Perspective piece on the concept of opioid addiction

This perspective piece on opioid addiction resulted from a workshop on enactive approaches to psychopathology our group organized last year. The science of addiction is in desperate need of a better theoretical framework, and we hope to be able to contribute to its development in the coming years.

The Clinical Concept of Opioid Addiction Since 1877: Still Wanting After All These Years

Christian G. Schütz, Susana Ramírez-Vizcaya, and Tom Froese

In 1877, the psychiatrist Edward Levinstein authored the first monograph on opioid addiction. The prevalence of opioid addiction prior to his publication had risen in several countries including England, France and Germany. He was the first to call it an illness, but doubted that it was a mental illness because the impairment of volition appeared to be restricted to opioid use: it was not pervasive, since it did not extend to other aspects of the individuals’ life. While there has been huge progress in understanding the underlying neurobiological mechanisms, there has been little progress in the clinical psychopathology of addiction and in understanding how it relates to these neurobiological mechanisms. A focus on cravings has limited the exploration of other important aspects such as anosognosia and addiction-related behaviors like smuggling opioids into treatment and supporting the continued provision of co-patients. These behaviors are usually considered secondary reactions, but in clinical practice they appear to be central to addiction, indicating that an improved understanding of the complexity of the disorder is needed. We propose to consider an approach that takes into account the embodied, situated, dynamic, and phenomenological aspects of mental processes. Addiction in this context can be conceptualized as a habit, understood as a distributed network of mental, behavioral, and social processes, which not only shapes the addict’s perceptions and actions, but also has a tendency to self-maintain. Such an approach may help to develop and integrate psychopathological and neurobiological research and practice of addictions.

Is there room for normativity in a dynamical world?

Tomorrow at 2pm I will be giving an online talk for the ENactive Seminars Online (ENSO) Series. Here are the title and abstract:

Is there room for normativity in a dynamical world?

Enactivism rejects the standard working hypothesis of cognitive science, according to which all cognition involves the unconscious manipulation of mental representations, and replaces it with a dynamical systems account. And yet enactivism resists other, purely dynamical approaches that see no role for any kind of subjectivity, because it appeals to the role of our lived phenomenology and claims that living beings behave with respect to norms directed at maintaining their viability.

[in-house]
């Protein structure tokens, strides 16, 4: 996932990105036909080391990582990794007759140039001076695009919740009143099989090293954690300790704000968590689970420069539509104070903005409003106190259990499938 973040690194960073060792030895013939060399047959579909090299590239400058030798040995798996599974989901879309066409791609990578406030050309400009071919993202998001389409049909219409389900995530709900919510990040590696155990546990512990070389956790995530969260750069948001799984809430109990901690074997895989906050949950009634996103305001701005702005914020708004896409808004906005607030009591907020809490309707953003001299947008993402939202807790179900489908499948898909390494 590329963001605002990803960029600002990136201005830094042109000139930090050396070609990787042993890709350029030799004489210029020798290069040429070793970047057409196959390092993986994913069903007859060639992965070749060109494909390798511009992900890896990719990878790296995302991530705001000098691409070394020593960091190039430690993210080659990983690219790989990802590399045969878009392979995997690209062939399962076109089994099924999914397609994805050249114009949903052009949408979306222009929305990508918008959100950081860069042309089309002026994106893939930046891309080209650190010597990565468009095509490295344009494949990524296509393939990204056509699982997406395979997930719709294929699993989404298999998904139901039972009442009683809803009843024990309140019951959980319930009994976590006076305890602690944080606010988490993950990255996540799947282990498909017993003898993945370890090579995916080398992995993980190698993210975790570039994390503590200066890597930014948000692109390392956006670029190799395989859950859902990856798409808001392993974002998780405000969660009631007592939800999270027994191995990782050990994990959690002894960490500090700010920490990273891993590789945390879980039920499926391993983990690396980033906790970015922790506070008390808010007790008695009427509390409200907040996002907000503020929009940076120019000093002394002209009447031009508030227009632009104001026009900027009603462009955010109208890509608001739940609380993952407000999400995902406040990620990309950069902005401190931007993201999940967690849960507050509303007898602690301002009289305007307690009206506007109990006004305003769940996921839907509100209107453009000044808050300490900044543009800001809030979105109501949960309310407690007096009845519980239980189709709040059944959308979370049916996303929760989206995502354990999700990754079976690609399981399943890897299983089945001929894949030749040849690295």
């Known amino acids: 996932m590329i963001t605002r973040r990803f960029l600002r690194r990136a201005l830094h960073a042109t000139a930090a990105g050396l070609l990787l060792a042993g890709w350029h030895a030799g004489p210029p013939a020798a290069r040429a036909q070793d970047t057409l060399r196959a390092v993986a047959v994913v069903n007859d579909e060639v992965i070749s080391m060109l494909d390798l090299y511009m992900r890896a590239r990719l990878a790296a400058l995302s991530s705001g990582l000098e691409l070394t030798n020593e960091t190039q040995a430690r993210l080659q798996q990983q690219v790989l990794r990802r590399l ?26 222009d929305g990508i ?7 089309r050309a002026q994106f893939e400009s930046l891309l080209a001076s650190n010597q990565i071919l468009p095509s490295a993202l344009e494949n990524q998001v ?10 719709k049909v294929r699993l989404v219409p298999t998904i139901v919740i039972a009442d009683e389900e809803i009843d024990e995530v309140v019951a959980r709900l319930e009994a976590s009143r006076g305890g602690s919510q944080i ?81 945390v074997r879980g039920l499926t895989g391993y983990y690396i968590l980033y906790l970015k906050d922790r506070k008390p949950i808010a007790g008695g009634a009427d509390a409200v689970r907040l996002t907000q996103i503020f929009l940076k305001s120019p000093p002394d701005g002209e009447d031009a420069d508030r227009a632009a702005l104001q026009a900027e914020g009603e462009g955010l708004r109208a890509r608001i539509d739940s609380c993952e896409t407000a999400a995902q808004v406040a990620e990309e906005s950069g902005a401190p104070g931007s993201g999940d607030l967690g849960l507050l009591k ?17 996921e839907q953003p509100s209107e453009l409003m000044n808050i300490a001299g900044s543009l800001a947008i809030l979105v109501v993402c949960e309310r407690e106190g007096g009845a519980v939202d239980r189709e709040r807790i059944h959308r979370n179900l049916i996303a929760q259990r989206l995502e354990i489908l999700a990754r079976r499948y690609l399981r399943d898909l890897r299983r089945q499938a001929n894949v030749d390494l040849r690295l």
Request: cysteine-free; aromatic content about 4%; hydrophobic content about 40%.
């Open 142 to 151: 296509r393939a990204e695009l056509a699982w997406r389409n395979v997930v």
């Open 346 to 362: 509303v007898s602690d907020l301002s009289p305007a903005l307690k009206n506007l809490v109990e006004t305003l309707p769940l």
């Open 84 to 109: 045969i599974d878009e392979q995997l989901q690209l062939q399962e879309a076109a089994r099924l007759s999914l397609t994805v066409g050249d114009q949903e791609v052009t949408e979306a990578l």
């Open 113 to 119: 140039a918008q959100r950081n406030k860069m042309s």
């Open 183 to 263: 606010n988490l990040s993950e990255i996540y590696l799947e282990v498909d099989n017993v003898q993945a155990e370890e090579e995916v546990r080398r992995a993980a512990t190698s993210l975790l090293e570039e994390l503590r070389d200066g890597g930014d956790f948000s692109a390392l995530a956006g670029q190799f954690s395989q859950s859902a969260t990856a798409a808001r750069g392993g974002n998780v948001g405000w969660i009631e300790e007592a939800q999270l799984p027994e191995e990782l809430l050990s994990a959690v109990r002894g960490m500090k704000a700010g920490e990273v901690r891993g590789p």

So far, this middle way seems to be philosophically unsatisfactory: at best it allows us to claim that acting in accordance with experience or norms just is a certain kind of dynamic pattern. But this turns subjectivity into a mysterious difference that makes no difference as such with respect to the unfolding of those patterns, which is completely determined by the dynamics alone.

This calls for deeper philosophical reflection about how it is possible for subjectivity to play a role in an objective world while avoiding a regression to the untenable positions of either representationalism or eliminativism.

Watch the seminar live:

Symposium on Hallucinations and Perceptual Experience

I’ve been invited to give a talk at a Symposium on Hallucinations and Perceptual Experience, which Prof. Juan Gonzalez has organized in the context of the Second International Conference of Transdisciplinary Research in the Social Sciences and Humanities.

The event will start tomorrow at 10:00 in Cuernavaca, Mexico.

The line-up is as follows:

Prof. Juan Gonzalez (speaker)
Prof. Jose Luis Diaz (speaker)
Dr. Tom Froese (speaker)
Dr. Glenda Satne (discussant)

The title of my contribution is: “Hallucinations: internal fictions, external realities, or something in-between?” (Alucinaciones: ¿ficciones internas, realidades externas o algo intermedio?).

Video: Introduction to enactive cognitive science

A video of my talk for the Society for Cognitive Science and Philosophy (SCSP) has been made available online with accompanying slides. The recording was made on Feb. 26, 2016, at Masaryk University in Brno, Czech Republic.

The tile is “Introduction to enactive cognitive science”.


Special issue has been released!

It’s been a long time in the making, but finally it has come out: a special issue of Constructivist Foundations dedicated to a comprehensive reflection on the relationships between enaction and other alternative approaches to cognitive science! It is the biggest issue of the journal yet.

For a small donation you can get a print version of the special issue delivered to you! Please help to support this free online journal. Click the link for details: